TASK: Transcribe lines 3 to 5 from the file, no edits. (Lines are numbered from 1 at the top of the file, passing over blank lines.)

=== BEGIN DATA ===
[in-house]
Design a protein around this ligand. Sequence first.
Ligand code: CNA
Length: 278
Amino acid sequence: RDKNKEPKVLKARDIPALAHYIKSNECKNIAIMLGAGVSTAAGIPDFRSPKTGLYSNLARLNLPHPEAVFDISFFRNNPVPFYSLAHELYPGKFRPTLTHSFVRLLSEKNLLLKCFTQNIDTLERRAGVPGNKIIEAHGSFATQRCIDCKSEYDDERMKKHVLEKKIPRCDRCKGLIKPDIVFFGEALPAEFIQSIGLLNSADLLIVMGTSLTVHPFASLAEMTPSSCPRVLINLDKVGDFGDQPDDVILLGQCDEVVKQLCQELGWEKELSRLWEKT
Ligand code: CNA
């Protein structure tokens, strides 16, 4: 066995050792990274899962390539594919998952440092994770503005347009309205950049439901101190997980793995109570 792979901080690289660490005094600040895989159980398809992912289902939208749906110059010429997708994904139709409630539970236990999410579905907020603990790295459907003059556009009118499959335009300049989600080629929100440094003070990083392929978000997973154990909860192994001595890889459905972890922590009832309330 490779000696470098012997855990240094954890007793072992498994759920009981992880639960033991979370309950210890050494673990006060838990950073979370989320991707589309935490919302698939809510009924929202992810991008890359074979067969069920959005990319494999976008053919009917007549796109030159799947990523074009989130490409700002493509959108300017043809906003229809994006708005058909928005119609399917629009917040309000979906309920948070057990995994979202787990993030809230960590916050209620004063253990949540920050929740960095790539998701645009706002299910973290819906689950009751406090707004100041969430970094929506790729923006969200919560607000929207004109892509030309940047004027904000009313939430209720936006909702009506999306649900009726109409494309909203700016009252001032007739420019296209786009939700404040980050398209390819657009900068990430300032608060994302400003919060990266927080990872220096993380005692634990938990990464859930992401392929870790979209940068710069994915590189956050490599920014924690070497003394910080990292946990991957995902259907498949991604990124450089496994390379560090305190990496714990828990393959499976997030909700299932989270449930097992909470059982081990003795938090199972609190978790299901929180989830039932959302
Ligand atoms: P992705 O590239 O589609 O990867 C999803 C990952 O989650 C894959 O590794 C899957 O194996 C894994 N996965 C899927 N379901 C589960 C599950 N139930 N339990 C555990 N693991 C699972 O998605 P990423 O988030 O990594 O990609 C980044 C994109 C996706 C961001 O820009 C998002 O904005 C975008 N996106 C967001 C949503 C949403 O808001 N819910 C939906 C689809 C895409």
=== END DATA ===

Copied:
Ligand code: CNA
Length: 278
Amino acid sequence: RDKNKEPKVLKARDIPALAHYIKSNECKNIAIMLGAGVSTAAGIPDFRSPKTGLYSNLARLNLPHPEAVFDISFFRNNPVPFYSLAHELYPGKFRPTLTHSFVRLLSEKNLLLKCFTQNIDTLERRAGVPGNKIIEAHGSFATQRCIDCKSEYDDERMKKHVLEKKIPRCDRCKGLIKPDIVFFGEALPAEFIQSIGLLNSADLLIVMGTSLTVHPFASLAEMTPSSCPRVLINLDKVGDFGDQPDDVILLGQCDEVVKQLCQELGWEKELSRLWEKT